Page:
Nervously aware that they have killed off Christianity as a faith, [Arnold and Renan] must reinstate it as a religion, as a guide to life, as a poetry ... the poeticizing of nondivine religion was a characteristically nineteenth-century gesture. (Wood 246)
We [atheists] are not immune to the lure of wonder and mystery and awe: we have music and art and literature, and find that the serious ethical dilemmas are better handled by Shakespeare and Tolstoy and Schiller and Dostoyevsky and George Eliot than in the mythical morality tales of the holy books. (Hitchens 5)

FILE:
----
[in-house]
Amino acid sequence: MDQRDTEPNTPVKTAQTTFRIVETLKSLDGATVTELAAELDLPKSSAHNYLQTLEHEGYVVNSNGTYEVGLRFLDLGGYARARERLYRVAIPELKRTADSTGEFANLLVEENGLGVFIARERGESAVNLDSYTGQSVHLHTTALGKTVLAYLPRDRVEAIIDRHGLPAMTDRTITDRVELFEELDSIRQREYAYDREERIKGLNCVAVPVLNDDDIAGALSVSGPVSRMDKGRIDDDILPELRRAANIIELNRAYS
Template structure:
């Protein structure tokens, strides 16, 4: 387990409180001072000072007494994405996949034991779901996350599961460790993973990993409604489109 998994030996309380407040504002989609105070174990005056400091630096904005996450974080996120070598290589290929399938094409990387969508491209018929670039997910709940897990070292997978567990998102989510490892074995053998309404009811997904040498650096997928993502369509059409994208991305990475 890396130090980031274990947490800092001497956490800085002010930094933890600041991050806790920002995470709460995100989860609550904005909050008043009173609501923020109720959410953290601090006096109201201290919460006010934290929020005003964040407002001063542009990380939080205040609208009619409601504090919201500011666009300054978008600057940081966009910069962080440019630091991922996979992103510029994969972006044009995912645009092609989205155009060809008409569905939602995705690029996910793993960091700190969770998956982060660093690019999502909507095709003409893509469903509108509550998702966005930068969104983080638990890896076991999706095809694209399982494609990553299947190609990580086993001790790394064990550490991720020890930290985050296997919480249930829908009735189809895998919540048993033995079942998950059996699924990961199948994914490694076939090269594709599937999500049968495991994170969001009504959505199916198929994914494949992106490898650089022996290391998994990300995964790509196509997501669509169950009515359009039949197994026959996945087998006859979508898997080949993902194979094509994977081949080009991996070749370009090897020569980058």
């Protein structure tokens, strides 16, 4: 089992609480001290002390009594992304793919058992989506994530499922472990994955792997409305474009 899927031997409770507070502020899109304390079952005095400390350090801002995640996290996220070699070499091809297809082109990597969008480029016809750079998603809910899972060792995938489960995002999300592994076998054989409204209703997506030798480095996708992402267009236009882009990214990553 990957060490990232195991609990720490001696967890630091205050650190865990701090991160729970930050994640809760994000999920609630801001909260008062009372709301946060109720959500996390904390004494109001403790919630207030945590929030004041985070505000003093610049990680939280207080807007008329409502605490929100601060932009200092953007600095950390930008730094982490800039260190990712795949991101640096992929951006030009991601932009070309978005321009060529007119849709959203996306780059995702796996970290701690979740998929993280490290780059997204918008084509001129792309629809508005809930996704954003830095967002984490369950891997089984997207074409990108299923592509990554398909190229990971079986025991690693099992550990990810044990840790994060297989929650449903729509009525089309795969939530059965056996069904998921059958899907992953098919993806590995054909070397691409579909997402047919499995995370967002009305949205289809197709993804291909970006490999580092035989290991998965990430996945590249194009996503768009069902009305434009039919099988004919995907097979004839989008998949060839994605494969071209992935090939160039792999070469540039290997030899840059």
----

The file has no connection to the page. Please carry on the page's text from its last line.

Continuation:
The study of literature and poetry, both for its own sake and for the eternal ethical questions with which it deals, can now easily depose the scrutiny of sacred texts that have been found to be corrupt and confected. (Hitchens 283)The Hitchens comments would make provocative epigraphs for a seminar on literature and morality; Wood points to the genealogy of claims such as Hitchens's.